- Hardcover: 1552 pages
- Publisher: Newnes; 4 edition (December 8, 1997)
- Language: English
- ISBN-10: 0750636351
- ISBN-13: 978-0750636353
- Product Dimensions: 2.5 x 6 x 9 inches
- Shipping Weight: 3.3 pounds
- Average Customer Review: 3 customer reviews
- Amazon Best Sellers Rank: #5,001,223 in Books (See Top 100 in Books)
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Radio Designer's Handbook, Fourth Edition 4th Edition
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From the Publisher
This book is the work of 10 authors and 23 collaborating engineers, under the editorship of F Langford-Smith. The enormous amount of data included in the book has been made readily accessible by means of a fully detailed list of contents and a very complete index. The main subjects are: valves, valve testing, general theory and components; audio and radio frequencies; power supplies, design of complete AM and FM receivers, and reference information.
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Top customer reviews
It guess it covers most of what you need to know about vacuum tubes for audio and radio design. It starts with the introduction to the vacuum tube (or radio valve as the text calls it) and it continues to develop from that point with sections for audio and radio, it contains a brief electric circuits section which is interesting to read, but its probably not the best book to understand mesh analysis and such topics, it includes a general math reference guide (which ranges from arithmetics to calculus).
One has to be selective with the chapters since many of the content of this book may be completely outdated and or obsolete.
I must add that eventhough the book is well written and does feature some examples of the applications and theory, its sometimes hard to follow, call me spoiled if you want but im used to the "new age" method that many modern books use today which try to educate the student by providing several examples, analogies, and making everything as clear as possible rather than the older method of exposing data to the reader, which this book seems to favor.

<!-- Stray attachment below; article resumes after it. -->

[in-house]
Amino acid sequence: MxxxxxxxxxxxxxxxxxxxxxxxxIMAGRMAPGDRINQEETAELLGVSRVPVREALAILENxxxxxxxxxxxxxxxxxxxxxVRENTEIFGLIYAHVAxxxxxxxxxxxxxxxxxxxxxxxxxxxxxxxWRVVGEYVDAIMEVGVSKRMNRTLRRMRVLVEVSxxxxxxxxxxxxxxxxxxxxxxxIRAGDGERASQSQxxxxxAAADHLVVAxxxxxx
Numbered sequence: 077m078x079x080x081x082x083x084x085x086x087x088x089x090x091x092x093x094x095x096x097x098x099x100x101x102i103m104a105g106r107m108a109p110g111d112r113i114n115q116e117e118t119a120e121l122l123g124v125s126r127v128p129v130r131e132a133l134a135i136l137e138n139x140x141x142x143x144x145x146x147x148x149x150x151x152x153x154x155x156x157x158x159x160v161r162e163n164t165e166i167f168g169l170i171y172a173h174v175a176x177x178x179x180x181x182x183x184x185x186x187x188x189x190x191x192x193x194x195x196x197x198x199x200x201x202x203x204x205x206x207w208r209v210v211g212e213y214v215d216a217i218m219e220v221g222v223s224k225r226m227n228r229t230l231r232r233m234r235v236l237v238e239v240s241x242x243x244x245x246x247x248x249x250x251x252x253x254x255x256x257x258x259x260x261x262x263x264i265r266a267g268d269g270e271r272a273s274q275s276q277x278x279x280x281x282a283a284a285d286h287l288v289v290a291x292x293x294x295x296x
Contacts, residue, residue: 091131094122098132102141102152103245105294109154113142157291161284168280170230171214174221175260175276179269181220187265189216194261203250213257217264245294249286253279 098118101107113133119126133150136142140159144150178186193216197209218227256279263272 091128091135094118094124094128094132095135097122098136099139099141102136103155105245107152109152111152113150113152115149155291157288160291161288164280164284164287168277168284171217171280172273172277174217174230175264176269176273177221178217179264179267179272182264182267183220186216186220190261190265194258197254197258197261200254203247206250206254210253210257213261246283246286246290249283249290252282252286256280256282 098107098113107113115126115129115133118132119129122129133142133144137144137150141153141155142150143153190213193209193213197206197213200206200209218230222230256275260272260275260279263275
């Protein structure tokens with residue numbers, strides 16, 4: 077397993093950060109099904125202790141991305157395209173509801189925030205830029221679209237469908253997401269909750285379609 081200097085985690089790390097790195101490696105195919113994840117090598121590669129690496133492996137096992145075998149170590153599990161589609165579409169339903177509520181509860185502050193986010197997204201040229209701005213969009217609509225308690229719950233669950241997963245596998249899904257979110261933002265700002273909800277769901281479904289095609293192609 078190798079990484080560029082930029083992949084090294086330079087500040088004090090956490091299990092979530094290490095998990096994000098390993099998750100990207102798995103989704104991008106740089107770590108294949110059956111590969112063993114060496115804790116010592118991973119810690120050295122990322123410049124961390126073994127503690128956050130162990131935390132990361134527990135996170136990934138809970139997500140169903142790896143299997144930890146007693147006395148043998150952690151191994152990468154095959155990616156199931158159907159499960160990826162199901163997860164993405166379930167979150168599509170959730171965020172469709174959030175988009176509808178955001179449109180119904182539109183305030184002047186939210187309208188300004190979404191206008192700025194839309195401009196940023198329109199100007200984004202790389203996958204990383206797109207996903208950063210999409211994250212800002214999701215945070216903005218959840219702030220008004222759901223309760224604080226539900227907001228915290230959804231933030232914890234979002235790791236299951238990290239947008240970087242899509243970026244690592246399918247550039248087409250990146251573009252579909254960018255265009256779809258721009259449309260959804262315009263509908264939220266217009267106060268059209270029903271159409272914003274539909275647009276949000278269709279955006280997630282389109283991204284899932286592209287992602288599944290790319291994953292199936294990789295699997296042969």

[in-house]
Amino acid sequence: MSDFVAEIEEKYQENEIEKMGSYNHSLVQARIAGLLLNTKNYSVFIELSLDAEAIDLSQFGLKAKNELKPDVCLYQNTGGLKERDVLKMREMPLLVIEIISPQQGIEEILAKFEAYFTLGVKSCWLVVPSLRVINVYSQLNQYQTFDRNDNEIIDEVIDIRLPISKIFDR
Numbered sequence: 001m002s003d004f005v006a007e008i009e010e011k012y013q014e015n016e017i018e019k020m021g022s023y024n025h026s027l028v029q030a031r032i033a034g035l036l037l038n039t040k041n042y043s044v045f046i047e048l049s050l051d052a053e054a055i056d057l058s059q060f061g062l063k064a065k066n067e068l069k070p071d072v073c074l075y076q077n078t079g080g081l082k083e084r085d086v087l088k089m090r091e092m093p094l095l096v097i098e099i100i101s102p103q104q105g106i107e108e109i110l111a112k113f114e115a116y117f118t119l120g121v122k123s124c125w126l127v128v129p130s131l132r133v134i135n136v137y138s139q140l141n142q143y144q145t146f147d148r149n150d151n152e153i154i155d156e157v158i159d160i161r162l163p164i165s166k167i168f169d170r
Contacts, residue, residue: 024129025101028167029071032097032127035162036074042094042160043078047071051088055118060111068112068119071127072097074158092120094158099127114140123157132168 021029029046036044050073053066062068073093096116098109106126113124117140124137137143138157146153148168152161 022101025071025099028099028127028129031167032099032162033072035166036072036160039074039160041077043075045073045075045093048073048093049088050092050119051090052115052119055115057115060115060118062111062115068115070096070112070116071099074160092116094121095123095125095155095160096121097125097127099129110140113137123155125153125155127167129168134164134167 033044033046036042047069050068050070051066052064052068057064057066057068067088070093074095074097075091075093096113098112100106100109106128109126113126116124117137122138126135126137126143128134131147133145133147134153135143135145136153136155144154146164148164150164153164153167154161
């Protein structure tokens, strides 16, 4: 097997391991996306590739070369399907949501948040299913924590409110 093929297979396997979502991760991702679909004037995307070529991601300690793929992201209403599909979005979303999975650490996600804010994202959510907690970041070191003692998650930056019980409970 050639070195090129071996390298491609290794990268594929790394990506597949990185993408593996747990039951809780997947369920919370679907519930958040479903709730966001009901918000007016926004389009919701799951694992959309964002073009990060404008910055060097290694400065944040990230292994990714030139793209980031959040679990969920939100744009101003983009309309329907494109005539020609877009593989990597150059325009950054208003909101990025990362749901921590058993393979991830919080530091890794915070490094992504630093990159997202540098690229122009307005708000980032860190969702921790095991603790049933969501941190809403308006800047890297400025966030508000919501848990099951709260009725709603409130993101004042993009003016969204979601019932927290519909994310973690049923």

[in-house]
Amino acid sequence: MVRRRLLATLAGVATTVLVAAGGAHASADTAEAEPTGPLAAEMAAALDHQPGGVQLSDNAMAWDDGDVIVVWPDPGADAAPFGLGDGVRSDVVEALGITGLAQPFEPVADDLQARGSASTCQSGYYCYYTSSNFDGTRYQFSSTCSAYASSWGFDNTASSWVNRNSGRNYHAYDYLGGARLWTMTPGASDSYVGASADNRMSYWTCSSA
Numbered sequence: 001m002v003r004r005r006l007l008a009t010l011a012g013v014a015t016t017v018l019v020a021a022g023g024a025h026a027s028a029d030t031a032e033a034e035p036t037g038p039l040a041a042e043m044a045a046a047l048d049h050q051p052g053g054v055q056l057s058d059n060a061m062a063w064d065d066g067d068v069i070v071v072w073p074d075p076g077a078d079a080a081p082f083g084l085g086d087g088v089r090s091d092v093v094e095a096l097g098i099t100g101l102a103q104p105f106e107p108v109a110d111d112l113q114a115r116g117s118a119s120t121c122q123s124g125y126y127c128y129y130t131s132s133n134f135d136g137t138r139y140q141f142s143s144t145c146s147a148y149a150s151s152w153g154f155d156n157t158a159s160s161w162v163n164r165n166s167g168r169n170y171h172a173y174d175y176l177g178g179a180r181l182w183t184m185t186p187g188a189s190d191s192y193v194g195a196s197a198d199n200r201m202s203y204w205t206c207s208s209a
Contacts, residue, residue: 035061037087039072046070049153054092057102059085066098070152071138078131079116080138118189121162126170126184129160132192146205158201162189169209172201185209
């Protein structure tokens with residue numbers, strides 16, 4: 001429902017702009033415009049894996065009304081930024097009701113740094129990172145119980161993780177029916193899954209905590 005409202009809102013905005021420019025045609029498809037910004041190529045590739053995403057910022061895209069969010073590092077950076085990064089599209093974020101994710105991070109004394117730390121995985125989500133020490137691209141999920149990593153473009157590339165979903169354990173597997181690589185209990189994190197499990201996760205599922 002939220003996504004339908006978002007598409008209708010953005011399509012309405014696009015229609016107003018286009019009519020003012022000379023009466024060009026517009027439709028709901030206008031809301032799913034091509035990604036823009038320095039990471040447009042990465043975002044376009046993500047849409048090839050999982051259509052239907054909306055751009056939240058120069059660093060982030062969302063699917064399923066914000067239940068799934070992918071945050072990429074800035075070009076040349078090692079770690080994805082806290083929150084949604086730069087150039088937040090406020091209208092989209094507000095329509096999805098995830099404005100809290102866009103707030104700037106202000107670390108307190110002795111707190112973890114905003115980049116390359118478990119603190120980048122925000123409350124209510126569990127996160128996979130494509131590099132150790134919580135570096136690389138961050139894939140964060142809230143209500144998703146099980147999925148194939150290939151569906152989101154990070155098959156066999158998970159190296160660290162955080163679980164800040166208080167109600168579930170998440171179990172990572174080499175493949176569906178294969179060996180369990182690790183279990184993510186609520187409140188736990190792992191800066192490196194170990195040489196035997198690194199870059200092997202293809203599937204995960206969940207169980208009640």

Im also used to reading a chapter and solving many of the drill excercises at the end of each chapter from which you learn by doing, a thing this book obviously lacks. Im not complaining, im just saying that if you are like me, you will have to adapt to this older method of learning.
In my opinion, this is not a beginners book, however even if you know electronics but if you know nothing about vacuum tubes (like I did) you should read an introductory text before reading this book, the problem is that even in the first chapter in which the author introduces the vacuum tube, it starts throwing terms out of the blue, terms like "plate", "heather", "filament", "pentode" and such are suddenly mentioned without any previous explanation or great detail as to why or what they really are, which makes it hard to get a good picture on how a vacuum tubes work or how they are internally layed out, I guess the author assumed the reader had an idea of what vacuum tubes are.
Thats why I recommend reading other books first, the Vacuum Tube section of F.E. Terman's "Electronic and Radio Engineering" is great, I also find the very brief but very explanatory section about thermionic valves from the book "A Practical Introduction to Electronic Circuits" by Martin Hartley Jones to be excellent, it really helped me get a general idea of how a vacuum tube works and what all the basic terms mean.
F. Lanford Smith includes chapters on the basics of tube operation w/ and w/o all the math. He also includes a chaper on math operations - from algebra to calculus - so that you can understand the things that he presents, mathematically, within the book.
You'll find the standard Fender/Gibson/Marshall designs, in there, complete w/ methods of analysis of those types of amplifiers.
Very good book, overall.
For those wishing to have a "triad" of the greatest electronics books (IMHO) to learn from, I recommend adding Landee Albrecht and Davis' "Electronics Designers Handbook", and Horowitz and Hill's "The Art of Electronics".
You will surely then be in the hands of the masters !